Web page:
Sunday, February 22, 2015

Fired for Truth-Telling?

Yohir Akerman, ex-columnist. 
For years, Yohir Akerman wrote often polemical columns for Medellin's El Colombiano newspaper - columns often critical of religion and even of the newspaper's other columnists.

But when Akerman dared to suggest that the Good Lord could be - horrors of horrors - mistaken, he got ousted from the paper.

Akerman's latest and last column arose from the recent flap over the Universidad de la Sabana's opinion on the issue of adoption by same-sex couples. Sabana University, an elite private school located in north Bogotá, was founded by Opus Dei, the extremely conservative Catholic group. Predictably, the university's medical school recommended against permitting gay adoption. However, it went on to opine that homosexuals could be considered mentally ill, a position long since rejected by the medical establishment. The retrograde view on gay people brought the university so much criticism
that it issued a retraction.

In his newspaper columns, Akerman quoted Old Testament verses prescribing the
El Colombiano
death penalty - often by stoning - for adulterers, rebellious children, women who are not virgins at marriage and other 'wrongdoers.' He also also cited Bible verses endorsing slavery.

"All of these concepts are in the Bible," Akerman concluded, "and as history has demonstrated on these subjects, god was mistaken."

The newspaper appended this convoluted message to the column: 'Note from the directors: This newspaper promotes debate from respect and good arguments. We consider that this column strays from those principles. For the author, not publishing the column would mean his resignation. We publish it and accept his resignation.'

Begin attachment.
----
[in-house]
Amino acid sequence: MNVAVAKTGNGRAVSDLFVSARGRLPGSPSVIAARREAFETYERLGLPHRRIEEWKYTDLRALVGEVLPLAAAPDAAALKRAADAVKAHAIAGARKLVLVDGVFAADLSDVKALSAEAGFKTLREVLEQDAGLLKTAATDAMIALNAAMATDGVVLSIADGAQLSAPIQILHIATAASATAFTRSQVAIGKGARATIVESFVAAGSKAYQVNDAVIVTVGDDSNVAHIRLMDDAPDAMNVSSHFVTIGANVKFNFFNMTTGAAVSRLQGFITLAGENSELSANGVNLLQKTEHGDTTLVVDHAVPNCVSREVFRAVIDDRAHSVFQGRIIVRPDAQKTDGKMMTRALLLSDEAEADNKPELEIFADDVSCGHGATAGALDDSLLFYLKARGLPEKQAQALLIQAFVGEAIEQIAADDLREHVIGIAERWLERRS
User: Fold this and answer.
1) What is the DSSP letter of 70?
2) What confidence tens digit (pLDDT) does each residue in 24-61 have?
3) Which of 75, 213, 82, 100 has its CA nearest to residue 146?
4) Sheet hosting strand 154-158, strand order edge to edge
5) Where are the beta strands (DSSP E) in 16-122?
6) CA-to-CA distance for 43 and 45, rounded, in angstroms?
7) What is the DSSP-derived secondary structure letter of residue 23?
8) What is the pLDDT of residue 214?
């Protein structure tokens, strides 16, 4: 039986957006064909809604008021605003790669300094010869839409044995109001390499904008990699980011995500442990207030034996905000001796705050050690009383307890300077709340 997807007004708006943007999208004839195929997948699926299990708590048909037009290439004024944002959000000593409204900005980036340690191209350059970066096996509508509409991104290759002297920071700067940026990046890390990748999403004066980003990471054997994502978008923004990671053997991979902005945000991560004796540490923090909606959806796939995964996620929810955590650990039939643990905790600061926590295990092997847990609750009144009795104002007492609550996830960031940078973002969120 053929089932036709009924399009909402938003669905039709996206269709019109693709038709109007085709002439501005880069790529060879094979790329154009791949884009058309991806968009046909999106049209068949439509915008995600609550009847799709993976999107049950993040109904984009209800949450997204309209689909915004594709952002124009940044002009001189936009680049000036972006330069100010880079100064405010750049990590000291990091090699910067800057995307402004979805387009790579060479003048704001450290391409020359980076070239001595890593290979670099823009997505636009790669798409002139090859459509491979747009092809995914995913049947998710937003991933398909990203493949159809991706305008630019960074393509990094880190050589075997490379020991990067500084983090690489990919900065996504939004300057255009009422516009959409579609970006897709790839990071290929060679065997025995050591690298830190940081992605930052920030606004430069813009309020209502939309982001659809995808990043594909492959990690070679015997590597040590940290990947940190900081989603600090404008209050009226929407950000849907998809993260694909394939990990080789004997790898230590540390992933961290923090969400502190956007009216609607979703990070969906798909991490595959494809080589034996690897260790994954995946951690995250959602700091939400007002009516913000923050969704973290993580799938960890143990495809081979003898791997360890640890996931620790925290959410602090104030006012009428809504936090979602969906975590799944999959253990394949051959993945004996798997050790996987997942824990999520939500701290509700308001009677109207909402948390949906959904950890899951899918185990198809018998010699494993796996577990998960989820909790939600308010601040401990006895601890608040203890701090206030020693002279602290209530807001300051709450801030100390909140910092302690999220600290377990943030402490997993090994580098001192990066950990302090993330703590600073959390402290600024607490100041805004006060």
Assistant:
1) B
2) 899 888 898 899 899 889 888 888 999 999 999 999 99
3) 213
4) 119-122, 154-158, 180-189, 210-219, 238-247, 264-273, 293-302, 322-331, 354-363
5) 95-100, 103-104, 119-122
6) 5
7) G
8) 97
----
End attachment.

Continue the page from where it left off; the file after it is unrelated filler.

The directors did not explain why quoting the Bible constituted a lack or respect or good argument.

The Bible: Infallible?
Semana magazine quotes Akerman as saying that the paper's director criticized him particularly for not capitalizing the word 'god' and for asserting that God was mistaken.

In Sabana University's defense, it's not explicitly clear that its criticism of same-sex adoption was based on religious ideas. In fact, it doesn't seem unreasonable that growing up in a heterosexual family, which has been the norm for much of human and pre-human evolution, would be better for kids. But it also seems obvious that a loving, supportive family of any type is much better than an abusive one or being warehoused in an orphanage.

And the studies I've seen show that children of same-sex couples tend to out-perform those of heterosexual couples for a simple reason having little to do with the parents' gender or sexual orientation: they have highly-motivated parents who had to make lots of effort to have kids. In contrast, we all know that many heterosexual couples become parents by mistake.

For its part, Akerman's column seems to fall well within the spectrum of reasonable commentary. After all, he primarily quoted the Bible rather than attacking it.

Rather than summarily ousting Akerman, El Colombiano's editors might explain why the Bible is unerring, and therefore that death by stoning is a reasonable punishment for a range of moral 'lapses.'

But while they're at it, El Colombiano might also find itself endorsing a Christian version of the barbaric Islamic State.

As for the court, it ruled that, for now, same-sex couples could adopt only when the child was the biological offspring of one member of the couple, but that the legislature should regulate the issue.

Perhaps such an incremental decision is best in a highly-Catholic nation. In the U.S., when courts made rulings on controversial issues such as racial segregation and abortion it's led to years of conflict. Some things are best decided by the more democratic legislature.

By Mike Ceaser, of Bogotá Bike Tours


Stuart Oswald said...

I agree with the valid statement of the paper.Promoteing debate from respect and good arguments. Atheists and such seem to virulently opposed to basic points they know next to nothing about. Quoting from the Bible without context and reason seems wholly unintellectual. Pity for this person. Someday he might just grow up.

Diego Cordoba said...